The next verse is more expressly political, or at least historical.
Rebuild the temple and the crown of glory
Years gone by, about sixty
Burn in the oven in this century
And the gas tried to choke, but it couldn’t choke me
I will not lie down, I will not fall asleep
They come overseas, yes they’re trying to be free
Erase the demons out of our memory
Change your name and your identity
Afraid of the truth and our dark history
Why is everybody always chasing we
Cut off the roots of your family tree
Don’t you know that’s not the way to be
The first line here may refer to the foundation of the modern state of Israel. Yet the next verses are clearly about the Holocaust, and about Jewish assimilation after the tragedy. The last lines, “cut off the roots of your family tree, don’t you know that’s not the way to be,” is quite clearly a paean to Jewish cultural retention, yet it too need not be read religiously. It can just as easily refer to Jewish culture as Jewish religion. In fact, it need not be read Jewishly, but might simply be interpreted as a paean to ethnic particularism. The key idea: it’s schmucky to abandon wholesale the culture from which you sprang. Obviously reality is more complicated than that, but the words get me going each time.
Matisyahu’s message is clearly more religious than political. And yet, he is also trying to bring people together through music. And that’s not just instilling pride in Jews left and right, secular and religious. He’s also performed with Muslim beatboxer Kenny Muhammad. And in a version of one of his most recent hits, the catchy if somewhat naive and generic antiwar song, “One Day,” he performs with Akon. Yes, that Akon: the Senegalese-American Muslim and another of my favourite recording artists. It’s not peace in the Middle East, but it’s something.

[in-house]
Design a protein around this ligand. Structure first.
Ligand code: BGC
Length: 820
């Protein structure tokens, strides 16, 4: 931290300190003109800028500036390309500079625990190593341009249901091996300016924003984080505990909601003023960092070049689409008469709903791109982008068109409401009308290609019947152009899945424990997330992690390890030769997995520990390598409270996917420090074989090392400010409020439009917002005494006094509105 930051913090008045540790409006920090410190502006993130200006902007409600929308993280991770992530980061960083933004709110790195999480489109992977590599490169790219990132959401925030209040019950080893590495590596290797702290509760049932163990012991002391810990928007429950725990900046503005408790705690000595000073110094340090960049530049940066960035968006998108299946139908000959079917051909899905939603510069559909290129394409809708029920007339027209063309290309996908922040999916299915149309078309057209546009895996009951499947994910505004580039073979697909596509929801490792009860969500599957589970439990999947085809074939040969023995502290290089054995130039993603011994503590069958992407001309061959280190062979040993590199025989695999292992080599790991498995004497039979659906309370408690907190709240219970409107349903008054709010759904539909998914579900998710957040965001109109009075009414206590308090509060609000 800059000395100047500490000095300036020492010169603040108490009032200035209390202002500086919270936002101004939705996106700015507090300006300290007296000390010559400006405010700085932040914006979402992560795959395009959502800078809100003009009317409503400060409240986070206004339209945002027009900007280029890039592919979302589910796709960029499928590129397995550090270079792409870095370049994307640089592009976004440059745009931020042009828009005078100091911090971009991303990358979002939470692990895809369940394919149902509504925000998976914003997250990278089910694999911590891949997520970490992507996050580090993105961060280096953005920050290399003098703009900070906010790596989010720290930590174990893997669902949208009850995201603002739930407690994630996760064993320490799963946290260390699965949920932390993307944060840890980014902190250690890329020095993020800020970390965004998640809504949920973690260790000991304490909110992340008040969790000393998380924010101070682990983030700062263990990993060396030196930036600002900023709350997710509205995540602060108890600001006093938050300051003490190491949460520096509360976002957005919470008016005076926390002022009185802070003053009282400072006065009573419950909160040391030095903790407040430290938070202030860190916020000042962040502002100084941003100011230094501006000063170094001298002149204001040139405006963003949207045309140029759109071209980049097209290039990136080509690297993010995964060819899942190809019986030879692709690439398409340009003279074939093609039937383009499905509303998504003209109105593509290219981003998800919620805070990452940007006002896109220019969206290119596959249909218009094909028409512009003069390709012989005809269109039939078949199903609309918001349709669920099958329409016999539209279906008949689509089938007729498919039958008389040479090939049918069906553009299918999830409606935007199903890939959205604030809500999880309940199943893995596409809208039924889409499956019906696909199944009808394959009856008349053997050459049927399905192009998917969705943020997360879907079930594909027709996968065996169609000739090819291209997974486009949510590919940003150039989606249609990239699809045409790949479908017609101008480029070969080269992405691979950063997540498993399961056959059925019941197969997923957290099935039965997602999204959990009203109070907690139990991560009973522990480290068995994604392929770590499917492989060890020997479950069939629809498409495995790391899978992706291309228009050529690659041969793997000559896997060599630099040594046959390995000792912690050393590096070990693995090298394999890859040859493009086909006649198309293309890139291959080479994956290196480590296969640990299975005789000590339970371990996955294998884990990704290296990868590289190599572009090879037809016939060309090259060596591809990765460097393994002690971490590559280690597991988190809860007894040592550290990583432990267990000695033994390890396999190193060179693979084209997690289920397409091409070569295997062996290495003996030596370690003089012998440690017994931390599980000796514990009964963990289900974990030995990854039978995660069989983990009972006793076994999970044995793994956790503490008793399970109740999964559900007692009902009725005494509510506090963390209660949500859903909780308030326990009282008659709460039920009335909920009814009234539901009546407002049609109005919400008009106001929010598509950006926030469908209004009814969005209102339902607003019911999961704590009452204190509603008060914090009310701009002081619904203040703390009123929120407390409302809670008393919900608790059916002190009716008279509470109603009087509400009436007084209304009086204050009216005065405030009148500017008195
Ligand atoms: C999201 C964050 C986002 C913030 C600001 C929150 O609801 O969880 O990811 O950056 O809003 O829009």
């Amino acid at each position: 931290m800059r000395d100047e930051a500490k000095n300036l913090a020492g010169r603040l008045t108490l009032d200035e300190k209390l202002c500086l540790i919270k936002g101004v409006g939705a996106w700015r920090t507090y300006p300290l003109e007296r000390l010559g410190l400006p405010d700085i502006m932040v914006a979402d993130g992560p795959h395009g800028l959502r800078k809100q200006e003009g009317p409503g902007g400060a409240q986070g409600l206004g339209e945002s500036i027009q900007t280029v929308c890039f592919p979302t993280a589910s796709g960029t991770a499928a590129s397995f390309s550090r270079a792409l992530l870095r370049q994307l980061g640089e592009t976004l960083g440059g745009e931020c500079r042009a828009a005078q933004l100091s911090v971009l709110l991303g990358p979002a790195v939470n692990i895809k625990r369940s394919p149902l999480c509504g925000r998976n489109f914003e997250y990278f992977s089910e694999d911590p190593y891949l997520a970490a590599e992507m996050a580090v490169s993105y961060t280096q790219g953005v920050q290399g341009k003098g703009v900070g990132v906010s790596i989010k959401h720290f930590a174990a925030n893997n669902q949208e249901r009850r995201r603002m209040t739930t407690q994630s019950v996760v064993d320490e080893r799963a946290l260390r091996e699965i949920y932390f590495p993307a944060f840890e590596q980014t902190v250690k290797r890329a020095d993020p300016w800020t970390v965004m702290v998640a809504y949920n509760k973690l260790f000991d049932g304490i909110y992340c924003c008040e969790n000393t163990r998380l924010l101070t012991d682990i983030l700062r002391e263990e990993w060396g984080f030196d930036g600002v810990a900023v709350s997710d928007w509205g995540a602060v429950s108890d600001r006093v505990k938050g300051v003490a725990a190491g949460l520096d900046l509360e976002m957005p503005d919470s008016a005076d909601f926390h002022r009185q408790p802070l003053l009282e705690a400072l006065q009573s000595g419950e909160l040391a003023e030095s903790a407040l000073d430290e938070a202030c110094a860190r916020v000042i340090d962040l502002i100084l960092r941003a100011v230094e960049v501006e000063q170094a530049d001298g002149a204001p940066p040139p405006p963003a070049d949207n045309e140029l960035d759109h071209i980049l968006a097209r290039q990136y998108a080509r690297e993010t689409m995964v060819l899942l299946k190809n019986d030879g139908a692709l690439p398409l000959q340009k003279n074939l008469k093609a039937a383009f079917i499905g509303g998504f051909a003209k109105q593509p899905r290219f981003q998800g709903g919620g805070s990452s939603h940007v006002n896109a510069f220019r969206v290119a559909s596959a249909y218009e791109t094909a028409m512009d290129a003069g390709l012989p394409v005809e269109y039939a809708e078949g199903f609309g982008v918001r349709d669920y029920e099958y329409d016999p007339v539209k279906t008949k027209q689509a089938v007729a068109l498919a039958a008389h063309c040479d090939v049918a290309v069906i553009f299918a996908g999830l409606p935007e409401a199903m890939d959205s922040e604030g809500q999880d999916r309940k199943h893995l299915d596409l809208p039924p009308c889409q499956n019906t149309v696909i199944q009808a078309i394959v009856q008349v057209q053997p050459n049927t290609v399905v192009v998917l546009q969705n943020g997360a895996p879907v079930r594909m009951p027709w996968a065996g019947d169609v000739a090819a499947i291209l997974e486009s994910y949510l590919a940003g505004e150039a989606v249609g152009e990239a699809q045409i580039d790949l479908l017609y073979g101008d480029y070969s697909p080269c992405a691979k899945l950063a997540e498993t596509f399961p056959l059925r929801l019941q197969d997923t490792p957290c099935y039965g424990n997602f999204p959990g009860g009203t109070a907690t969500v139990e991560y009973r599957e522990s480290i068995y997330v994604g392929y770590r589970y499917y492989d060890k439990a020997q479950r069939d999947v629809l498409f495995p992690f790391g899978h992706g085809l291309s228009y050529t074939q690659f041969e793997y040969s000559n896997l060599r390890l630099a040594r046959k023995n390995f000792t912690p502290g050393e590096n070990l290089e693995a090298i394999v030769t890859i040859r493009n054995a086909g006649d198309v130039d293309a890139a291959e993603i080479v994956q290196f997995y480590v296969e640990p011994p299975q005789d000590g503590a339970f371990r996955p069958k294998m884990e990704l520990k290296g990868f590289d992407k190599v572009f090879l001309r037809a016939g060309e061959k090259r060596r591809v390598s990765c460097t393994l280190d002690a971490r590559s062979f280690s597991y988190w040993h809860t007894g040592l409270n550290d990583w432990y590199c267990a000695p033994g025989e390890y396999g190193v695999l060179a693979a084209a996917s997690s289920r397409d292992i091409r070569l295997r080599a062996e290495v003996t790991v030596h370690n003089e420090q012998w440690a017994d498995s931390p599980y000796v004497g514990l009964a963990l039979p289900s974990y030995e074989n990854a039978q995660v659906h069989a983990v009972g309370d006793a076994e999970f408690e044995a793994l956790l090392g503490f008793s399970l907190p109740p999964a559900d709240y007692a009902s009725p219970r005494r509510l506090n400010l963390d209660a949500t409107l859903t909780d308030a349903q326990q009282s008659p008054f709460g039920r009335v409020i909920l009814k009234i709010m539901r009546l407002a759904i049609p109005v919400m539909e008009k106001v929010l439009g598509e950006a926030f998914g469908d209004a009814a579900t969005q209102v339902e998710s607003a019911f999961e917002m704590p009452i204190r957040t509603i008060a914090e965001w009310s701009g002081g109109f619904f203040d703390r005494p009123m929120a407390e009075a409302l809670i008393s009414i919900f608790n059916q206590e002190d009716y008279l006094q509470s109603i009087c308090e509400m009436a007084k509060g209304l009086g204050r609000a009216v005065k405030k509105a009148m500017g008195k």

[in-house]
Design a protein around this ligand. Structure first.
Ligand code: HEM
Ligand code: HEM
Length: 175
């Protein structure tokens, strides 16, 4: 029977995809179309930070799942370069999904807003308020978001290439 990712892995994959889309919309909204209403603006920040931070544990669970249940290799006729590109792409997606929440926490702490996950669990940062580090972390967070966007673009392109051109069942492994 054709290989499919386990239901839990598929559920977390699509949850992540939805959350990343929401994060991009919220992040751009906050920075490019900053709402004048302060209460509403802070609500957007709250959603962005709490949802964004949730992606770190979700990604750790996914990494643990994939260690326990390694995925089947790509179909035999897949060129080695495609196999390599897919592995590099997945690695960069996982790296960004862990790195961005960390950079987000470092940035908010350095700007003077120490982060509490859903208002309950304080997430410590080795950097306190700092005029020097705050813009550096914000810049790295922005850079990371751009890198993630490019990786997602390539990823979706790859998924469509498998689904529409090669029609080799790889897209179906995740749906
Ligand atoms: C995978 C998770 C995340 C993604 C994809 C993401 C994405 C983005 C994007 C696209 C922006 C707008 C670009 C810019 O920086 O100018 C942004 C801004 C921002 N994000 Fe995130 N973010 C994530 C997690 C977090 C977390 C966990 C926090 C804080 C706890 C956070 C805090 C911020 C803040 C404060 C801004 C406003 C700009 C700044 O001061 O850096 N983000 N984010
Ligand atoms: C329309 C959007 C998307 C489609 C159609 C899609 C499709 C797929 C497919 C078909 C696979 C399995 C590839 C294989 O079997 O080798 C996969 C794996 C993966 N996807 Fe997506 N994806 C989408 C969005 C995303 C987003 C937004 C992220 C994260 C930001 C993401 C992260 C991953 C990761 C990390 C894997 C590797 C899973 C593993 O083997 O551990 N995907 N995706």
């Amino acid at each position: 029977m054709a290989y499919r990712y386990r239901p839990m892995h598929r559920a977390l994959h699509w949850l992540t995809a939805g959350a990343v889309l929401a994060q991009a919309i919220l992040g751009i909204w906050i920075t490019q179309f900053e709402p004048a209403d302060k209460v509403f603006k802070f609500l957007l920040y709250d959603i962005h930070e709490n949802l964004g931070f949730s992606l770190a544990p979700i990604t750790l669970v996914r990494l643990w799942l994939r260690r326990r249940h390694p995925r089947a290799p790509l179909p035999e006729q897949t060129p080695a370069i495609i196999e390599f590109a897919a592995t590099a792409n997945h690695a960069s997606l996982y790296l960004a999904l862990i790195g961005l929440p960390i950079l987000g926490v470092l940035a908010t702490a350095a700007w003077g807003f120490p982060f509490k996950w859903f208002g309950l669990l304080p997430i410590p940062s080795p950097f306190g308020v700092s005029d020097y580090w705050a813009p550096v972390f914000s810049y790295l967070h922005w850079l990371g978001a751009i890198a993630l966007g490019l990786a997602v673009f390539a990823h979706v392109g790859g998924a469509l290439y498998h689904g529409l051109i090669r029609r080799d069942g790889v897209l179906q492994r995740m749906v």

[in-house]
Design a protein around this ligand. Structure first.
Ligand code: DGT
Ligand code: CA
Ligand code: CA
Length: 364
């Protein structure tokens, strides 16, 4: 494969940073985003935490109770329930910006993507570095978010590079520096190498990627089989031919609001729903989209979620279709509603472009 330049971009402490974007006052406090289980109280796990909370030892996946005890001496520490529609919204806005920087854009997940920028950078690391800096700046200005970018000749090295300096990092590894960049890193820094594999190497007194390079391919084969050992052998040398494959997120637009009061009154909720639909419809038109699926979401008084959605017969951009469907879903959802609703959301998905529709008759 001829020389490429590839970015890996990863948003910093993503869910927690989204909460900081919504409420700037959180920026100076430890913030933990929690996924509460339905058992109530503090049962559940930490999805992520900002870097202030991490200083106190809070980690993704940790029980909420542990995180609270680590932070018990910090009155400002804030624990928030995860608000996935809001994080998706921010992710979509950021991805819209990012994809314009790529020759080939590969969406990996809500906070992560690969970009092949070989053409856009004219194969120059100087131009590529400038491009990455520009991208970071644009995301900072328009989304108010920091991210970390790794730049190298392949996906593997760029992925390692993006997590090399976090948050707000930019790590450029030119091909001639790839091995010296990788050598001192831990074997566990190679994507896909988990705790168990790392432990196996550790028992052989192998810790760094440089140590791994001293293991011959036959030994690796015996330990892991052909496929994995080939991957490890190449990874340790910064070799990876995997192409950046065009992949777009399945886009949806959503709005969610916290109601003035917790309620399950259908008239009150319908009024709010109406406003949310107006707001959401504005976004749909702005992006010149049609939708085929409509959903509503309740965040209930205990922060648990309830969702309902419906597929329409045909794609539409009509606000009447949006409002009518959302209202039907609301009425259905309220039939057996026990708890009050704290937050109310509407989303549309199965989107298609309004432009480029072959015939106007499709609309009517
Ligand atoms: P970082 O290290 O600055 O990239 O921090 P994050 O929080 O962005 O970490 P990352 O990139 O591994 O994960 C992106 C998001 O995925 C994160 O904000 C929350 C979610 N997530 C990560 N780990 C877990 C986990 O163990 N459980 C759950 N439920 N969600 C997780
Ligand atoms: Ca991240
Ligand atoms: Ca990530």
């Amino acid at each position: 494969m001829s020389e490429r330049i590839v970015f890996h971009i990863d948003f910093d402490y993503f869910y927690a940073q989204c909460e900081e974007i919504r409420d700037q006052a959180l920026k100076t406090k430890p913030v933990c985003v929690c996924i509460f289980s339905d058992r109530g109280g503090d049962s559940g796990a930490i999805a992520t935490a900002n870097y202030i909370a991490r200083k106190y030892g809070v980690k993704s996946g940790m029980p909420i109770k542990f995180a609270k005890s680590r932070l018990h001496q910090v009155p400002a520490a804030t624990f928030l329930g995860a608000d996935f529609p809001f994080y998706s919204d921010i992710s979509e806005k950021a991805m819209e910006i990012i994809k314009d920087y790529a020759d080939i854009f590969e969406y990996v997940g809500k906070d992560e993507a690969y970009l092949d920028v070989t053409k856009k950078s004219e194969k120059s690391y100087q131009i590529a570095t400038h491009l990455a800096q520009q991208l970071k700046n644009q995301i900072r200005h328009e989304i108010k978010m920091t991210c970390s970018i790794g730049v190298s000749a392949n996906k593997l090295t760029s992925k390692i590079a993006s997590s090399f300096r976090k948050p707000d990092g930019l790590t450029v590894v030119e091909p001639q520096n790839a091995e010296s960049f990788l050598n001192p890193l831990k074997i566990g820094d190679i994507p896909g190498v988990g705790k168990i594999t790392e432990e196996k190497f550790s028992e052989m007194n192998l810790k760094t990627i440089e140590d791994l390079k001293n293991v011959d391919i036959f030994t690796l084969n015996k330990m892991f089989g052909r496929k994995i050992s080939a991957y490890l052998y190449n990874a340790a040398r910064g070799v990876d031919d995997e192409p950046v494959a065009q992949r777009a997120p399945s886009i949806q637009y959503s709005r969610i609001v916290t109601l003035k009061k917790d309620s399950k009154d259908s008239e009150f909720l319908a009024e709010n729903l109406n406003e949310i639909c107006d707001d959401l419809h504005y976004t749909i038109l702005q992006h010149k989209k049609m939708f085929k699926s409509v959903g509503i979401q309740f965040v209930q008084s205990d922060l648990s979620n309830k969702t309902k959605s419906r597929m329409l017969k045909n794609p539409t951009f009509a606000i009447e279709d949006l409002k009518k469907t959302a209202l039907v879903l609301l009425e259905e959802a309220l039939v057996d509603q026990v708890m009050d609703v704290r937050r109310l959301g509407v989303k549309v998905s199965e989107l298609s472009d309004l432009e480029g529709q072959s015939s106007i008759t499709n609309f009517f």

A recent Maclean’s magazine article reported that some white Canadians students worried about the growing Asian and Asian-Canadian presence of university campuses. Originally titled, “‘Too Asian’?” (now retitled “The Enrollment Controversy”), the piece noted:
When Alexandra and her friend Rachel, both graduates of Toronto’s Havergal College, an all-girls private school, were deciding which university to go to, they didn’t even bother considering the University of Toronto. “The only people from our school who went to U of T were Asian,” explains Alexandra, a second-year student who looks like a girl from an Aritzia billboard. “All the white kids,” she says, “go to Queen’s, Western and McGill.” …
Alexandra… explains her little brother wants to study hard, but is also looking for a good time—which rules out U of T, a school with an academic reputation that can be a bit of a killjoy.
Or, as Alexandra puts it—she asked that her real name not be used in this article, and broached the topic of race at universities hesitantly—a “reputation of being Asian.” ….
…an “Asian” school has come to mean one that is so academically focused that some students feel they can no longer compete or have fun. Indeed, Rachel, Alexandra and her brother belong to a growing cohort of student that’s eschewing some big-name schools over perceptions that they’re “too Asian.”….